Human Resource Knowledge and Skills Needed by Non-HR Managers: Recommendations from Leading Senior HR Executives
Van Eynde, Donald F., Burr, Richard M., Organization Development Journal
This study was conducted to determine which HR knowledge and skills should be taught to non-HR managers. A Delphi research methodology was used to survey the opinions of 16 leading senior HR executives who are members of the Human Resources Council, American Management Association. From a total listing of 57 HR-related topics, 33 were rated by the experts as important for instruction. Also included are the executives' recommendations regarding specific knowledge matter and skills.
To be effective, line and staff managers alike need to be knowledgeable in areas of Human Resources (HR) such as employment law, discrimination, employee recruiting and selection, and labor-management relations. One way that organizations supply this knowledge is through training. But what if the time for HR-related training is limited? Which HR issues would be the most important for a new manager to learn?
The same issue exists in the field of Business Education. According to the Society of Human Resource Management's State of Human Resource Education Study (American Institutes for Research, 2011), 58% of business programs require a course in human resources as part of the core curriculum. Other universities, especially smaller ones similar to where the authors work, offer only an elective course in Human Resource Management. Using one of the many mainstream Human Resource textbooks available, the classes teach the knowledge needed to become a Human Resource (HR) professional. The problem is that most of the persons who enroll in these courses are not destined for a career in Human Resource Management; rather, they are specializing in areas such as Accounting, Finance, Marketing, or International Business and take the course to learn what to do when they encounter a human resource problem as a manager. If the course content is designed to train people to become a Human Resource professional, then much of what is taught is not needed by a non-HR manager and some of what is essential is either not covered or not taught in enough depth.
So, it appears sensible to ask the question, "If we are almost certain that most of the people in such courses will never work in an HR department early in their managerial careers, are they being taught the right issues? The same question asked in a broader and more exploratory fashion is: "What human resource related knowledge and skills are critical for a junior level, non-HR manager to possess?" It is this question that this research study attempts to address.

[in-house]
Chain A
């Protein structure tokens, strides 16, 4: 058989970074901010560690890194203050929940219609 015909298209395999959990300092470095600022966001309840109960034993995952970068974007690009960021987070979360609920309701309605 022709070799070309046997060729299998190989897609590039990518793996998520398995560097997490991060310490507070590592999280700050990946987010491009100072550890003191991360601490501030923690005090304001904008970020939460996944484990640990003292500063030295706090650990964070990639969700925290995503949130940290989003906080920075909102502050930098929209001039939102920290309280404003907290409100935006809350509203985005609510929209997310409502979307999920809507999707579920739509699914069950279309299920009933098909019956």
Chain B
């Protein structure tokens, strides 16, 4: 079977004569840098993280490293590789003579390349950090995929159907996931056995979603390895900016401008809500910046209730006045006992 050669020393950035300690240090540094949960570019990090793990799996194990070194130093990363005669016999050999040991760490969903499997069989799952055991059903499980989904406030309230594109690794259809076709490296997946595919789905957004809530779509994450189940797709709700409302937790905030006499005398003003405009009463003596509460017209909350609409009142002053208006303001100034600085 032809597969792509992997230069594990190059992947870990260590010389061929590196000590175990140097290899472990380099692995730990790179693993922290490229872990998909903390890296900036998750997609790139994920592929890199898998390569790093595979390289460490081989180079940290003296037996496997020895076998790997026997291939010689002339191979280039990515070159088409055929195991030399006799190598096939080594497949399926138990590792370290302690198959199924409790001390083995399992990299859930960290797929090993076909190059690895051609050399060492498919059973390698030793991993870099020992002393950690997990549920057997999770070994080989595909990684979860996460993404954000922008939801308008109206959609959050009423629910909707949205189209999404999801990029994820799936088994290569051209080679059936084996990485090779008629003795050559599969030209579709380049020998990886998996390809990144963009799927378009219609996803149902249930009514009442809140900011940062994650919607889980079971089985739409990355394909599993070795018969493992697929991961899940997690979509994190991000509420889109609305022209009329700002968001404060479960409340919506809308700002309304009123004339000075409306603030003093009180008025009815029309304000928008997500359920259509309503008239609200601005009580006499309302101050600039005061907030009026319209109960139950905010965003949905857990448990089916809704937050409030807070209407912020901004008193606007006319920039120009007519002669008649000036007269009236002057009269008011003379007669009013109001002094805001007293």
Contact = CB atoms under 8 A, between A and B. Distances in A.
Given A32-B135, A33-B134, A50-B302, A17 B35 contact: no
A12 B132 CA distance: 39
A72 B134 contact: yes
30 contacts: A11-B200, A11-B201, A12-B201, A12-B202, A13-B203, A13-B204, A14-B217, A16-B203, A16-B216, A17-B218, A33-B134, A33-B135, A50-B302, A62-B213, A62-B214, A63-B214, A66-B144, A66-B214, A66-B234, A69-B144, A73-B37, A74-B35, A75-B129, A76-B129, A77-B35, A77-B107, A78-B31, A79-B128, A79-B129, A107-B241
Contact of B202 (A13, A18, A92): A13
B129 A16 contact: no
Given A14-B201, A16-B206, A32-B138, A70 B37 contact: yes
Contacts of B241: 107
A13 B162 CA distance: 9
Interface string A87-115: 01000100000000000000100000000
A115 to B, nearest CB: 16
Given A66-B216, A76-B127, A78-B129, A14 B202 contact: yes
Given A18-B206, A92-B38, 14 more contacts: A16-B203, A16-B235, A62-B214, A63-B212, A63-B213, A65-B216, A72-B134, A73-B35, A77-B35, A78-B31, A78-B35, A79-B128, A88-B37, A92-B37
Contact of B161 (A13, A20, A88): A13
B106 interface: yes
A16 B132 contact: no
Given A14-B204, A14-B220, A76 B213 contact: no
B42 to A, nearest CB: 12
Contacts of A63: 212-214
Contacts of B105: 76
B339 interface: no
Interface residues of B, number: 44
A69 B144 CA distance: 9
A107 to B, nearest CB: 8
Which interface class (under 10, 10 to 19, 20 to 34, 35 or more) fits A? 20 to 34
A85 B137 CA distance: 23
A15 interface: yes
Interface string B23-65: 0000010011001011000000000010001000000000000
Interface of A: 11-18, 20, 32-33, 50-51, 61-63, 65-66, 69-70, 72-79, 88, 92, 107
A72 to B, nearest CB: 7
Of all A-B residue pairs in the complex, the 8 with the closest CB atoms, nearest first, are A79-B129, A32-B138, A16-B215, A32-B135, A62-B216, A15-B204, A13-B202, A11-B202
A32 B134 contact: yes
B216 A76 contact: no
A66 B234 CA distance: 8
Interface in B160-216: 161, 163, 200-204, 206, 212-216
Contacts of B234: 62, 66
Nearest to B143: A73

When we began our review of the literature, our expectation was that we would encounter several studies related to our question. Much to our amazement, the literature was totally bereft of such information. We searched on-line, in the library, and even asked an HR research firm to see what they could find. Nothing...not a single shred of research information surfaced that was targeted to the question of what non-HR managers need to know about HR. A search of the internet revealed a plethora of companies that offered HR workshops for non-HR managers, but we were unable to uncover any information that the curricula were based on research findings. The information delete closest to what we were seeking was a curriculum guidebook published by the Society of Human Resource Management (2010), but a query to that organization confirmed that the guidebook and related studies were focused on topics specific to a student or manager seeking a career in human resource management.
It quickly became obvious that we were going to have to take a more indirect approach to discover the answer. We first decided to focus on what experts had to say about the value of HR-related knowledge and skills to non-HR managers. Ron Pilenzo (2009), an executive with over 23 years in Fortune 100 companies and the President of the Society of Human Resource Management (SHRM) for 10 years, answered that question as follows:
HR must create a sphere of influence, driven by best practices, that involves the transfer of as many HR competencies as possible to managers and employees at all levels. …